In this paper, we hypothesize that software obfuscation makes it more susceptible to ROP attacks. This is based on our observation that obfuscation tools add redundant code to the software, change control flows, add conditionals, etc. which can increase the number of gadgets in the binary.

We analyze a set of open source software binaries in terms of the catalog of gadgets they contain, and compare this with the gadgets found in obfuscated versions of the same software. Based on our experiments, we show that obfuscation significantly impacts the number of gadgets in a binary, which in turn makes an ROP attack easier.

3 Overview and Experimental Design

In order to study the susceptibility of a software to ROP attacks, we identify the catalog of gadgets in the code. It may seem that a software with a larger number of gadgets would be more susceptible to ROP attacks. However, there is limited advantage of repetitive gadgets, and variety is more important in order to chain them together and accomplish a useful task. Hence, we only consider unique gadgets in the code.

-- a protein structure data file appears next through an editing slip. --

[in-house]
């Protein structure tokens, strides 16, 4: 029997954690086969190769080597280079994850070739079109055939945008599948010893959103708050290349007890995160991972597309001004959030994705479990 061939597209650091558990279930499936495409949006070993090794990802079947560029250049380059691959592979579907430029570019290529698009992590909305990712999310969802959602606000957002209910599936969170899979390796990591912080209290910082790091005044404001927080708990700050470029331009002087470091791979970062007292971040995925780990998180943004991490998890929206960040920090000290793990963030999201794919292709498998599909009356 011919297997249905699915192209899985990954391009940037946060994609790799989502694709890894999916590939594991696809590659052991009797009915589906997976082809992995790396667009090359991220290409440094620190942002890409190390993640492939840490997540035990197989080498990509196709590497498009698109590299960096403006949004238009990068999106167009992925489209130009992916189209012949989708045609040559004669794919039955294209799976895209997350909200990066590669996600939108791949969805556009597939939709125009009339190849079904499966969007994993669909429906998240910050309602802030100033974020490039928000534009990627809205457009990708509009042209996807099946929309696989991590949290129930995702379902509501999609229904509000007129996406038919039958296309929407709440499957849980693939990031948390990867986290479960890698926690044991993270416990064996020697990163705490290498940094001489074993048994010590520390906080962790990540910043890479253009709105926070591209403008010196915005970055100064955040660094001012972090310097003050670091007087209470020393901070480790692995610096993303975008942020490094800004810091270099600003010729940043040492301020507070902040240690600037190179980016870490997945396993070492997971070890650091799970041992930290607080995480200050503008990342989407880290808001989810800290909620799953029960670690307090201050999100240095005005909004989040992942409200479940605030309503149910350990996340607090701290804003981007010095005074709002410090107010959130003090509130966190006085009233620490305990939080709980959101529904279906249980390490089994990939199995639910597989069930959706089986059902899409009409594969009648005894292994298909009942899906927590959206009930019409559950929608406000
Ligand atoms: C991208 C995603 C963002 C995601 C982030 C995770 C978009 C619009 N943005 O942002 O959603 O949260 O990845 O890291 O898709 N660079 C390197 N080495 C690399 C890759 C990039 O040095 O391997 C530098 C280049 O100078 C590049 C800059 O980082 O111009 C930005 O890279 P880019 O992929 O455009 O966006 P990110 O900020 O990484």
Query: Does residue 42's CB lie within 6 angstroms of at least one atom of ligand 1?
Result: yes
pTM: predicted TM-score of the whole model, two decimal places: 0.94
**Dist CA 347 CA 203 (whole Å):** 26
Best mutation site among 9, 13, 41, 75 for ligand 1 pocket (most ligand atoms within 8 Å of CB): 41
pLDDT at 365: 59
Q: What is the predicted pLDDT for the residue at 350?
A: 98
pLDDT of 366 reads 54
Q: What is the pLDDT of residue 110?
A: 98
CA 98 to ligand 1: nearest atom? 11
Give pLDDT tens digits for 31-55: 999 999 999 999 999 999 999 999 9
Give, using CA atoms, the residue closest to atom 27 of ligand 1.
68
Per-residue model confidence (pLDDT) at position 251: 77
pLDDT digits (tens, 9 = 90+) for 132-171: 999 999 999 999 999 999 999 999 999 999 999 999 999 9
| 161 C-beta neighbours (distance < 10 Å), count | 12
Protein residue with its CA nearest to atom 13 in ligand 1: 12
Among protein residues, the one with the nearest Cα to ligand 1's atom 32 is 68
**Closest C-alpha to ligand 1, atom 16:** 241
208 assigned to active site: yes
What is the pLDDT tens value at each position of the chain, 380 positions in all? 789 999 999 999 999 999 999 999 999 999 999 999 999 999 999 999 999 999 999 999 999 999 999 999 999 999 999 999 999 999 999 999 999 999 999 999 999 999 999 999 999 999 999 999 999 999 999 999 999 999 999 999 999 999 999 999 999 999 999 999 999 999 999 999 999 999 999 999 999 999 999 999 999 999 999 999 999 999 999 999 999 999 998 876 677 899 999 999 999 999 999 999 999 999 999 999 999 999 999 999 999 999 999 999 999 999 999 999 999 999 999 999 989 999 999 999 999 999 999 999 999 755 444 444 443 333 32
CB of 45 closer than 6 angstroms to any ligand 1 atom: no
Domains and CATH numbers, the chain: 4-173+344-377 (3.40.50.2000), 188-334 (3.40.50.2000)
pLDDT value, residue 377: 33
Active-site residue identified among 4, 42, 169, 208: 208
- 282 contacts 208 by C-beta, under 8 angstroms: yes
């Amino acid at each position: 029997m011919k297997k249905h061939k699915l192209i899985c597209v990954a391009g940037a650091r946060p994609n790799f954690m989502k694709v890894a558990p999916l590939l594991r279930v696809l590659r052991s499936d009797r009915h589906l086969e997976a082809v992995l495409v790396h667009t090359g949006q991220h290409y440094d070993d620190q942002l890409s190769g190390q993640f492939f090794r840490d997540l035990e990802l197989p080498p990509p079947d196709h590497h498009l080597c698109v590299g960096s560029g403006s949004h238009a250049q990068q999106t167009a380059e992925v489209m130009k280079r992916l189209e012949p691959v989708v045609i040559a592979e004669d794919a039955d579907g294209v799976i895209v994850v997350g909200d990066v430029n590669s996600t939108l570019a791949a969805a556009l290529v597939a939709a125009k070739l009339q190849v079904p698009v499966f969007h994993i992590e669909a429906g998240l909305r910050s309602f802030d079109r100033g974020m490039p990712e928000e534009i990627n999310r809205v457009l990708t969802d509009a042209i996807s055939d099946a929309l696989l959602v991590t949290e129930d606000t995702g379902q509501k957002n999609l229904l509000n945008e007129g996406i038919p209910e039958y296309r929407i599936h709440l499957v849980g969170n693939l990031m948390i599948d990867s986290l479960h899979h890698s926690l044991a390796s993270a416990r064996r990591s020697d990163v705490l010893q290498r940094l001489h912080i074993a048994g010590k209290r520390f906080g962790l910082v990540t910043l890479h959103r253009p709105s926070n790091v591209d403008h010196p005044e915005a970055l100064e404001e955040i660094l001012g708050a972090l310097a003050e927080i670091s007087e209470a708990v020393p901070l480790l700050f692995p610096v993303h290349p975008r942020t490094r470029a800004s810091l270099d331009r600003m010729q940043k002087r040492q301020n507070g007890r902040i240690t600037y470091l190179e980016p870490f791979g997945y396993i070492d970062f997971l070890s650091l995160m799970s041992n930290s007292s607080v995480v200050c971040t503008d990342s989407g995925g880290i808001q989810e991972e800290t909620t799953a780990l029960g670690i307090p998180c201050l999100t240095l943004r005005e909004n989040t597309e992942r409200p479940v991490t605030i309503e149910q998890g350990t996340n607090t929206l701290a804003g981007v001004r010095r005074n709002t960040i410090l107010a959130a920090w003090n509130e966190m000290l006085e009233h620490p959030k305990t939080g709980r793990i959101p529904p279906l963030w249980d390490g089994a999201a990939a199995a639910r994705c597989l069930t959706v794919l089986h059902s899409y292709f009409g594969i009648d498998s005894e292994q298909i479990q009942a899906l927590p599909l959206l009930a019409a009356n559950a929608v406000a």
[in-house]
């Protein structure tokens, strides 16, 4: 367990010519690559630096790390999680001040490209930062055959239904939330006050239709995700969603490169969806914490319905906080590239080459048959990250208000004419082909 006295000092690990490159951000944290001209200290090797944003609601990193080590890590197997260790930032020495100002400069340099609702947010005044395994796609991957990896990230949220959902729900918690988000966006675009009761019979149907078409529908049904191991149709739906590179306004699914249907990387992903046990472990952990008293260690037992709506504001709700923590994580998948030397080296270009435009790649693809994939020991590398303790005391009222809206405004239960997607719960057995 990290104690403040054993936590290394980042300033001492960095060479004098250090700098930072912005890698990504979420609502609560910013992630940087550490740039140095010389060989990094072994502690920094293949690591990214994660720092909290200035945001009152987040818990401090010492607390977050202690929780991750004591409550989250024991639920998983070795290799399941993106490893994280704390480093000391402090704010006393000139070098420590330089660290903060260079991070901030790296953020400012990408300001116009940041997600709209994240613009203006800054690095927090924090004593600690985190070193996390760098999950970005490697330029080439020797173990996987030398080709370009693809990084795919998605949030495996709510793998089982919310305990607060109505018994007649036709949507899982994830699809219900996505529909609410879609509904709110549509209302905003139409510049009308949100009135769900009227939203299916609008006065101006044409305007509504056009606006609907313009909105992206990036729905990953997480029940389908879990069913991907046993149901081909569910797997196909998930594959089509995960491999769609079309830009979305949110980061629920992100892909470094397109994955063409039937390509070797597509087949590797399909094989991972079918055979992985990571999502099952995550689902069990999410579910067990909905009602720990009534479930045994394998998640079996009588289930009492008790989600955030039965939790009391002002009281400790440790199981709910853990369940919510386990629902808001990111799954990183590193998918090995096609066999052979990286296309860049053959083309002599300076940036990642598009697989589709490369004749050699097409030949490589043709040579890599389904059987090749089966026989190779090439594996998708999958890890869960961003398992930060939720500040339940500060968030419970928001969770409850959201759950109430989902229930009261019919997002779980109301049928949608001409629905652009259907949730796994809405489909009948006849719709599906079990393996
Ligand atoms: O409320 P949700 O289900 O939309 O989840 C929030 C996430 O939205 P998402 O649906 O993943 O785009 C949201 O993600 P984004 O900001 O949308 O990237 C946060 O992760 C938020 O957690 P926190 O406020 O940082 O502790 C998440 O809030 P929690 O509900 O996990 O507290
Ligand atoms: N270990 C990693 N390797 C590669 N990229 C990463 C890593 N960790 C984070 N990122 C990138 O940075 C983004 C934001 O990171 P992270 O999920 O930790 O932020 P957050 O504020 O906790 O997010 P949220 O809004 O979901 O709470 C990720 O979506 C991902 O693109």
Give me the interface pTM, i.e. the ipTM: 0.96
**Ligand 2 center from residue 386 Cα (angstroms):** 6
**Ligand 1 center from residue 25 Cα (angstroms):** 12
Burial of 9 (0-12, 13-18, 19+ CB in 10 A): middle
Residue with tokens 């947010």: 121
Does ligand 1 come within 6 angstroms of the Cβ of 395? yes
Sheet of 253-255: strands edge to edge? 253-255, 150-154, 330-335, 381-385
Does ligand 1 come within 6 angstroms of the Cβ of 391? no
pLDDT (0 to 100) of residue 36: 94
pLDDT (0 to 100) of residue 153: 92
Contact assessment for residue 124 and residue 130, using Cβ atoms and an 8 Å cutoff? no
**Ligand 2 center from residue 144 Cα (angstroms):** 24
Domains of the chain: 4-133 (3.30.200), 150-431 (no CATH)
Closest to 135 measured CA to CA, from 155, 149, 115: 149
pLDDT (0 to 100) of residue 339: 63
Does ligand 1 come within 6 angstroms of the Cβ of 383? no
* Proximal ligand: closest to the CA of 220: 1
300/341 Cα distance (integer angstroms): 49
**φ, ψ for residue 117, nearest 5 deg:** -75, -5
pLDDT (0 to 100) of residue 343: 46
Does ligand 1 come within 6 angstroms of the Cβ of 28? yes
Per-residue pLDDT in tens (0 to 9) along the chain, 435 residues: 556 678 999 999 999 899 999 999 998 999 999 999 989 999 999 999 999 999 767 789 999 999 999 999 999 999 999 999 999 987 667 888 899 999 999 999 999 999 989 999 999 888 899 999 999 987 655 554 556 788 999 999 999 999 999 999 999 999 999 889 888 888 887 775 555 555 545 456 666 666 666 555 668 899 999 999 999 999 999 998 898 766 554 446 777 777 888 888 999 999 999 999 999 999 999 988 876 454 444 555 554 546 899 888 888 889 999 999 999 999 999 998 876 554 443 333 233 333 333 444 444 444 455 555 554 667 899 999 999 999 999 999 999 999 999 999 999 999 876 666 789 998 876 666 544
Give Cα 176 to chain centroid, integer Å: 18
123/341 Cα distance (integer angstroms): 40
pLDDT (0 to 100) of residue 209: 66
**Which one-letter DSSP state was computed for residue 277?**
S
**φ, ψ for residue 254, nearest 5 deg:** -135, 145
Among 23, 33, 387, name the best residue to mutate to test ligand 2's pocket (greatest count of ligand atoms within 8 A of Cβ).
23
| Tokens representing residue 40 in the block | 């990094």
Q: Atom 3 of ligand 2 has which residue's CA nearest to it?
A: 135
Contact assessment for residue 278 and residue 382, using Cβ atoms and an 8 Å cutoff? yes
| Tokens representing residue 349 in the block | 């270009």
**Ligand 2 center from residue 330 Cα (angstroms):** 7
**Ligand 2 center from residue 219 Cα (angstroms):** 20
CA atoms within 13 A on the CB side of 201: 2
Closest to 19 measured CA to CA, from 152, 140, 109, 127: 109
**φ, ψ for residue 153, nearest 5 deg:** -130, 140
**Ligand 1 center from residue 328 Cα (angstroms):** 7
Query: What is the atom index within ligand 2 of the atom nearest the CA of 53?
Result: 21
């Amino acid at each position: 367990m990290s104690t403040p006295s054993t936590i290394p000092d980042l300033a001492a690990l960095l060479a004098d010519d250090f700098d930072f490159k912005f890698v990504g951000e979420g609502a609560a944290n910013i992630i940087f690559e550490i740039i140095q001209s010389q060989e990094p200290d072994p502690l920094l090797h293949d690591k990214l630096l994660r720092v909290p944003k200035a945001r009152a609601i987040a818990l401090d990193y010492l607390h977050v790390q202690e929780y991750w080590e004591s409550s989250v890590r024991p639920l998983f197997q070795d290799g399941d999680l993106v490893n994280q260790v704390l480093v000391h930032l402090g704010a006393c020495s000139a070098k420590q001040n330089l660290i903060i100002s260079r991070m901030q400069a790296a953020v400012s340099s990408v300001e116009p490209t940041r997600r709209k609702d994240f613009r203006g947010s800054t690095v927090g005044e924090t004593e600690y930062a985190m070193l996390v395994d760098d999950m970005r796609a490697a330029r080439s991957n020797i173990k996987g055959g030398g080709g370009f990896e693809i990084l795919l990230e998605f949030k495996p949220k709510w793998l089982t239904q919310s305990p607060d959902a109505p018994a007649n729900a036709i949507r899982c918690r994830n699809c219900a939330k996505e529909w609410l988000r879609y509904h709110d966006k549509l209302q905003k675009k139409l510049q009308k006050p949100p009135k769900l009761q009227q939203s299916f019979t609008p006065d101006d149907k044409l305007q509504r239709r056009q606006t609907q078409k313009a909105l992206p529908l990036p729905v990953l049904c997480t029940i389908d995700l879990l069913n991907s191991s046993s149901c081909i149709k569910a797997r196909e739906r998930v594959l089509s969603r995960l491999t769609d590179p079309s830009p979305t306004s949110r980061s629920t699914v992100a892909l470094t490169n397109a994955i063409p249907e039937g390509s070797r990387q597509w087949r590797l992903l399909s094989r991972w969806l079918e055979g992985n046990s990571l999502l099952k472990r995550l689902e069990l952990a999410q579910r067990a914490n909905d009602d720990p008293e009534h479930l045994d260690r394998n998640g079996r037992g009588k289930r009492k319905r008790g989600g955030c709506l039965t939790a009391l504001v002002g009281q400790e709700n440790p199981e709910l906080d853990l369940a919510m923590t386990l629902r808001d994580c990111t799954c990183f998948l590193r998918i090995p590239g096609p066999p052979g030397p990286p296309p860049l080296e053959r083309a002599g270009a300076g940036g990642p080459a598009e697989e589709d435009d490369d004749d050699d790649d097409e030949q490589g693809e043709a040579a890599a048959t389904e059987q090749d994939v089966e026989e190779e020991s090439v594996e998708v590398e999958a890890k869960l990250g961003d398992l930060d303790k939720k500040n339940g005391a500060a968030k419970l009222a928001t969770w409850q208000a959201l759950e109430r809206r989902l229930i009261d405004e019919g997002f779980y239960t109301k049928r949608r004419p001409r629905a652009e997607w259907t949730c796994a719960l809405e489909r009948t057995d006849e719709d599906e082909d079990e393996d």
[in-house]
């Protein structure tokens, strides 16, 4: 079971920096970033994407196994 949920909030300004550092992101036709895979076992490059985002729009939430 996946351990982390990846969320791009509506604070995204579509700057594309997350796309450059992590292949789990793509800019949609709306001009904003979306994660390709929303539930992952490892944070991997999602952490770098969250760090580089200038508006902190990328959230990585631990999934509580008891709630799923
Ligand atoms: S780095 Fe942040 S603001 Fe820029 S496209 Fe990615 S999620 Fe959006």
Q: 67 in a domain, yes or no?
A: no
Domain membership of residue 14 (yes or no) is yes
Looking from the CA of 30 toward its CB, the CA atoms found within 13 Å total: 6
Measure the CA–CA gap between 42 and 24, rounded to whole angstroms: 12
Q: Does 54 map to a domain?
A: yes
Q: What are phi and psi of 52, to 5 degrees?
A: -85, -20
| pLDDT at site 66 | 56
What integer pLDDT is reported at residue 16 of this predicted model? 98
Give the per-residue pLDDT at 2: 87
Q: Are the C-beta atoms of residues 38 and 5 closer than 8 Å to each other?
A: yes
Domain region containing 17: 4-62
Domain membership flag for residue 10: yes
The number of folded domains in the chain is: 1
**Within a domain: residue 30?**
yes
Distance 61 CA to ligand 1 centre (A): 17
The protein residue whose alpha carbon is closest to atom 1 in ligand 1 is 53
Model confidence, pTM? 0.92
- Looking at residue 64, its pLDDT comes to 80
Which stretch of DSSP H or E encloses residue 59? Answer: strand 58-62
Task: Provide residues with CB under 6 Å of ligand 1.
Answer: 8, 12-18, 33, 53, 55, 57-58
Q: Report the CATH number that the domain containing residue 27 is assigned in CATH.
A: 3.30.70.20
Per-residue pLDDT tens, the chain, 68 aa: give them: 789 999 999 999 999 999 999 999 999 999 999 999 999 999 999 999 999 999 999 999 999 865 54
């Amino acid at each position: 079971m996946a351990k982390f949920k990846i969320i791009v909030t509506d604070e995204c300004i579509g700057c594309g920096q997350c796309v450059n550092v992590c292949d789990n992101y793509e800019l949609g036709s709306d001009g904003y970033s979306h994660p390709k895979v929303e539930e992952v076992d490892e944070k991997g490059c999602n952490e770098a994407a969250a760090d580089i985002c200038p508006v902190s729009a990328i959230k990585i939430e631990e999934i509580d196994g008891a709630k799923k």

To evaluate our hypothesis, we find and compare gadgets in obfuscated and un-obfuscated versions of a large number of binaries. We use a set of open source software of different size and type including executables and libraries. We build the obfuscated version of the software for Linux using LLVM with the same flags and optimizations as used to build the un-obfuscated binaries, in order to make our analysis of both set of binaries comparable. LLVM [9] is a compiler infrastructure and toolchain that enables code analysis and optimizations for arbitrary languages. It is increasingly becoming popular both for academic research and in commercial products along with Clang, its native C/C++ compiler.

3.1 Binaries Selection

Since we believe that the increase in the size of binary due to obfuscation may impact its ROP susceptibility, we want to evaluate on binaries of different sizes. The source code of the software likely to be obfuscated in practice is not made openly available, as that defeats the purpose of obfuscation. However, we decided to use software that is security sensitive but openly available. This allows us to use well-known software for evaluation and also to build binaries with various levels of obfuscation for consistent comparison.

We use two sets of software, GNU Coreutils [10] and OpenSSL [11] as target binaries for our evaluation. We use OpenSSL, and specifically its libraries libssl and libcrypto as an example of commonly used security sensitive libraries.